“Estrella is a character I made up. I want to make that clear, ‘cause it gets a bit blurry of what’s real and what’s not. She’s an American girl, cause a lot of them were. A lot of them were born in America, and they faced that kind of racism, but also that was just their lives – so they weren’t like “oh everyone is racist”, it’s like “okay, that’s my life”, and for someone in the 40’s to think that was incredible. I remember in an interview someone was like, “You just let it roll over you.” Like, ‘roll over you’, that’s amazing. It was just their lives, and the mindset that that must have demanded of them. But also they had a fucking fun time, they were having so much fun, and their parents were all in small towns and they’d leave and go to the big city of San Francisco and live their dancer actress lives.”
“Would we be friends? I think so, maybe not all the time ’cause we’re fairly similar.”
While looking back on the scene Estrella is from might draw imagery of glitz and glamour, the narrative itself reveals a more emotional story.
“I guess it explores someone being irrational, and being very driven by their emotion, and not judging that, just letting that be what it is. To find comfort in your own alone-ness, I don’t know if I want to say loneliness at this point, but definitely the show is Estrella by herself. She is by herself the whole time, and she imagines all these people in her world, saying things she wants to hear, and so it’s going “you know what, that’s actually fine,” and doing that through the story of the 1940’s makes it less: “here’s a diary of my life.” I think people are more open to seeing weird things rather than just, “I’m going to read out of my diary today”, so it was interesting absorbing all that and letting it come out in magic realism.”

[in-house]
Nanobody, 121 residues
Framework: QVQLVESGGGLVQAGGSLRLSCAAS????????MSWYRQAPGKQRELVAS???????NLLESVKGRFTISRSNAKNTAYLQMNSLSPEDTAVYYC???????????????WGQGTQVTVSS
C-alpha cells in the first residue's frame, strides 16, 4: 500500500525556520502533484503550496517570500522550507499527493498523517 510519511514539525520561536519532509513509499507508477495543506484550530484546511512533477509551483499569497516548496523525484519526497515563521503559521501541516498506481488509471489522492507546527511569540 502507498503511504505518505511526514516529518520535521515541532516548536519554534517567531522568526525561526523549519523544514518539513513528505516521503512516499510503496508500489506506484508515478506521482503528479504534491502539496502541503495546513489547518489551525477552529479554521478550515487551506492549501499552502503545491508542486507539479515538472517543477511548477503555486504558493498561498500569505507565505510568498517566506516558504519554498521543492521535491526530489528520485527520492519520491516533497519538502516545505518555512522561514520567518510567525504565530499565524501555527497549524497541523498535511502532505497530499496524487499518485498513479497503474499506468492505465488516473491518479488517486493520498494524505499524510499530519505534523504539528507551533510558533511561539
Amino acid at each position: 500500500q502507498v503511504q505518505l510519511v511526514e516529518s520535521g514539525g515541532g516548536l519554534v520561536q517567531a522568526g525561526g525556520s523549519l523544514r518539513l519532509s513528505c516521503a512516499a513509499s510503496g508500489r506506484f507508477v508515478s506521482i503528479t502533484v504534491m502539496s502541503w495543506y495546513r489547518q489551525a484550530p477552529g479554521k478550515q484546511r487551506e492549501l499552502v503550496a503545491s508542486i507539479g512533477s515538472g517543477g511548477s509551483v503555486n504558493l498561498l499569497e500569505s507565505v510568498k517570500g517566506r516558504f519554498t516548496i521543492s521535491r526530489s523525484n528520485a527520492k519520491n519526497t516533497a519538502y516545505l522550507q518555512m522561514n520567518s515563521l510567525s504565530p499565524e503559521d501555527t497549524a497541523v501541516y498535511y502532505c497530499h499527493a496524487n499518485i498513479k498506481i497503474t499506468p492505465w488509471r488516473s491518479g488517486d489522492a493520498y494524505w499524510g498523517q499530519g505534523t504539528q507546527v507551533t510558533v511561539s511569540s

As both writer and performer of the show, the script was officially locked in a week and a half before opening night. It’s now up to her to deliver and guide the audience each night through Estrella’s story, one that was undoubtedly shaped by Tanjutco’s own experiences and emotions. “I got hit with this small-d depression,” she explains. “And that really impacted how I saw the story, and how the show is now – it’s a lot more theatrical than just cabaret, and I feel like I tried to experiment with form a little bit and not just “this is a story” or “here’s an anecdote, here’s a song, here’s anecdote, here’s a song.” There are weird bizarre monologues and weird characters that have gone in there, and really just embracing magic realism.” The show also draws inspiration from Frida Kahlo’s paintings and movies such as Amélie, with Tanjutco’s aim to create, “that collage feeling of all these things mixing together and somehow finding a place in this bigger picture.”
With opening night fast approaching, she does look fondly on the show and the achievements she’s already made. “This is the first show I’ve written in full, and definitely the longest I’ve ever committed to one idea, and that was really hard,” she says. “The show has a lot of pop, rock, and jazz – which is not what I usually sing – I’ve usually been in a musical theatre hole, and now I’m like “ooh contemporary things” and that’s been freaky, changing vocal styles and genres has been amazing.
“I’ve always wanted to embrace it but I never got a chance to and now I have to do a lot of it. It’s suddenly so many new things at the same time and it’s scary, it’s quite frightening. All in one hit – play, first show, new songs, yeah!”
Once the Melbourne Fringe Festival is finished, Tanjutco has many more ambitions she plans to chase in the creative sphere. “I’d like to write more plays, maybe not necessarily want to be in them,” she muses. “I’d like to do more plays without music, and see if I can do it, really. ‘Cause I think it’d be fun and I guess it is the next step.”
Estrella Wing, Showgirl runs from Mon 18 to Sun 24 Sep at The Butterfly Club, tickets available here.